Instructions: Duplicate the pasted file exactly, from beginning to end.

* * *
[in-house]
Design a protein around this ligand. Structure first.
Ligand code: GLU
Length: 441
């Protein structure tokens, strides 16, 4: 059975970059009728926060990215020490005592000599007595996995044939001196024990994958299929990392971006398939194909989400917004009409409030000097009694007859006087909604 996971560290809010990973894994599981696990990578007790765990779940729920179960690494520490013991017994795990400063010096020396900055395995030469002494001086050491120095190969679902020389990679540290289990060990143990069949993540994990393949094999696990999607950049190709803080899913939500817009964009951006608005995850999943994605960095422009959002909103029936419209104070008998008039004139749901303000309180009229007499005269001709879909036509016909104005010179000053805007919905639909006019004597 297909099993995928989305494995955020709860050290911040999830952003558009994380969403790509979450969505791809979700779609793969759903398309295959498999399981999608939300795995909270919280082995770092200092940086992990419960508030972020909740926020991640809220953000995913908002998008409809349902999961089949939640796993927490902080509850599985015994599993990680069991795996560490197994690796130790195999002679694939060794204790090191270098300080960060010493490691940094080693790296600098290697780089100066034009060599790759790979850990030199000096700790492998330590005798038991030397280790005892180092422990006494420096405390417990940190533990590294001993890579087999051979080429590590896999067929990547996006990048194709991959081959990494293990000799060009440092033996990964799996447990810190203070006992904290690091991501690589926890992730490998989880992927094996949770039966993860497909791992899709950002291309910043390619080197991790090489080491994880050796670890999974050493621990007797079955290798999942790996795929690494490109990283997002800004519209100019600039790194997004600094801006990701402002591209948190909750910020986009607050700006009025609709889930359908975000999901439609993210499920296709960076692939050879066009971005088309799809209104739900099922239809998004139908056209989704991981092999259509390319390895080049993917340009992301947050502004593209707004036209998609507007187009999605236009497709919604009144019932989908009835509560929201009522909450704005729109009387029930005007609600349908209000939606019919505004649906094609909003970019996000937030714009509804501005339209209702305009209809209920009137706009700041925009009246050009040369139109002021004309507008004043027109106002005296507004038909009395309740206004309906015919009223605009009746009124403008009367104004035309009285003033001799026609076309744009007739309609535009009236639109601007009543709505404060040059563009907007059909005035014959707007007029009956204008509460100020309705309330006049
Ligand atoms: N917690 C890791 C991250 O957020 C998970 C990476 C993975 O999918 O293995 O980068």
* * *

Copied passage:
[in-house]
Design a protein around this ligand. Structure first.
Ligand code: GLU
Length: 441
């Protein structure tokens, strides 16, 4: 059975970059009728926060990215020490005592000599007595996995044939001196024990994958299929990392971006398939194909989400917004009409409030000097009694007859006087909604 996971560290809010990973894994599981696990990578007790765990779940729920179960690494520490013991017994795990400063010096020396900055395995030469002494001086050491120095190969679902020389990679540290289990060990143990069949993540994990393949094999696990999607950049190709803080899913939500817009964009951006608005995850999943994605960095422009959002909103029936419209104070008998008039004139749901303000309180009229007499005269001709879909036509016909104005010179000053805007919905639909006019004597 297909099993995928989305494995955020709860050290911040999830952003558009994380969403790509979450969505791809979700779609793969759903398309295959498999399981999608939300795995909270919280082995770092200092940086992990419960508030972020909740926020991640809220953000995913908002998008409809349902999961089949939640796993927490902080509850599985015994599993990680069991795996560490197994690796130790195999002679694939060794204790090191270098300080960060010493490691940094080693790296600098290697780089100066034009060599790759790979850990030199000096700790492998330590005798038991030397280790005892180092422990006494420096405390417990940190533990590294001993890579087999051979080429590590896999067929990547996006990048194709991959081959990494293990000799060009440092033996990964799996447990810190203070006992904290690091991501690589926890992730490998989880992927094996949770039966993860497909791992899709950002291309910043390619080197991790090489080491994880050796670890999974050493621990007797079955290798999942790996795929690494490109990283997002800004519209100019600039790194997004600094801006990701402002591209948190909750910020986009607050700006009025609709889930359908975000999901439609993210499920296709960076692939050879066009971005088309799809209104739900099922239809998004139908056209989704991981092999259509390319390895080049993917340009992301947050502004593209707004036209998609507007187009999605236009497709919604009144019932989908009835509560929201009522909450704005729109009387029930005007609600349908209000939606019919505004649906094609909003970019996000937030714009509804501005339209209702305009209809209920009137706009700041925009009246050009040369139109002021004309507008004043027109106002005296507004038909009395309740206004309906015919009223605009009746009124403008009367104004035309009285003033001799026609076309744009007739309609535009009236639109601007009543709505404060040059563009907007059909005035014959707007007029009956204008509460100020309705309330006049
Ligand atoms: N917690 C890791 C991250 O957020 C998970 C990476 C993975 O999918 O293995 O980068």